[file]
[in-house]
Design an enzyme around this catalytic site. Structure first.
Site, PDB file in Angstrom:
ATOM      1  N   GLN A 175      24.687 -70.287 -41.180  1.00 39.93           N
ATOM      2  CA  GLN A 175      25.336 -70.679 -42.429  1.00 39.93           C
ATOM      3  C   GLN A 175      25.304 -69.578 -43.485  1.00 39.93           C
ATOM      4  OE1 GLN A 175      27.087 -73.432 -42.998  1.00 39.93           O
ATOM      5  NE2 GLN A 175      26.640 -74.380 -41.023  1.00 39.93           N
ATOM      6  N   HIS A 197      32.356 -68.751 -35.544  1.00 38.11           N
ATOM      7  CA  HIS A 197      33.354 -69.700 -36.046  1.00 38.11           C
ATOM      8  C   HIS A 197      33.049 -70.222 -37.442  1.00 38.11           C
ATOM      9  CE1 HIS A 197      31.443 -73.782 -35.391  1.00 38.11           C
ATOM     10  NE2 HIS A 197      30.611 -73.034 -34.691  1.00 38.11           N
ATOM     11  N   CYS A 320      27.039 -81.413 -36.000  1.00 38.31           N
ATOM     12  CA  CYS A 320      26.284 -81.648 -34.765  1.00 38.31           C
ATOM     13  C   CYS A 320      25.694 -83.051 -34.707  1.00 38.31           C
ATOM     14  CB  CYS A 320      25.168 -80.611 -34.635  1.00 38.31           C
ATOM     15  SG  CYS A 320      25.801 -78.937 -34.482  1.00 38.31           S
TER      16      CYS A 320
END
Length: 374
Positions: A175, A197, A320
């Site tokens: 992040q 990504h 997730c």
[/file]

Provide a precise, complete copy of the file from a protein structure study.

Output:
[in-house]
Design an enzyme around this catalytic site. Structure first.
Site, PDB file in Angstrom:
ATOM      1  N   GLN A 175      24.687 -70.287 -41.180  1.00 39.93           N
ATOM      2  CA  GLN A 175      25.336 -70.679 -42.429  1.00 39.93           C
ATOM      3  C   GLN A 175      25.304 -69.578 -43.485  1.00 39.93           C
ATOM      4  OE1 GLN A 175      27.087 -73.432 -42.998  1.00 39.93           O
ATOM      5  NE2 GLN A 175      26.640 -74.380 -41.023  1.00 39.93           N
ATOM      6  N   HIS A 197      32.356 -68.751 -35.544  1.00 38.11           N
ATOM      7  CA  HIS A 197      33.354 -69.700 -36.046  1.00 38.11           C
ATOM      8  C   HIS A 197      33.049 -70.222 -37.442  1.00 38.11           C
ATOM      9  CE1 HIS A 197      31.443 -73.782 -35.391  1.00 38.11           C
ATOM     10  NE2 HIS A 197      30.611 -73.034 -34.691  1.00 38.11           N
ATOM     11  N   CYS A 320      27.039 -81.413 -36.000  1.00 38.31           N
ATOM     12  CA  CYS A 320      26.284 -81.648 -34.765  1.00 38.31           C
ATOM     13  C   CYS A 320      25.694 -83.051 -34.707  1.00 38.31           C
ATOM     14  CB  CYS A 320      25.168 -80.611 -34.635  1.00 38.31           C
ATOM     15  SG  CYS A 320      25.801 -78.937 -34.482  1.00 38.31           S
TER      16      CYS A 320
END
Length: 374
Positions: A175, A197, A320
């Site tokens: 992040q 990504h 997730c």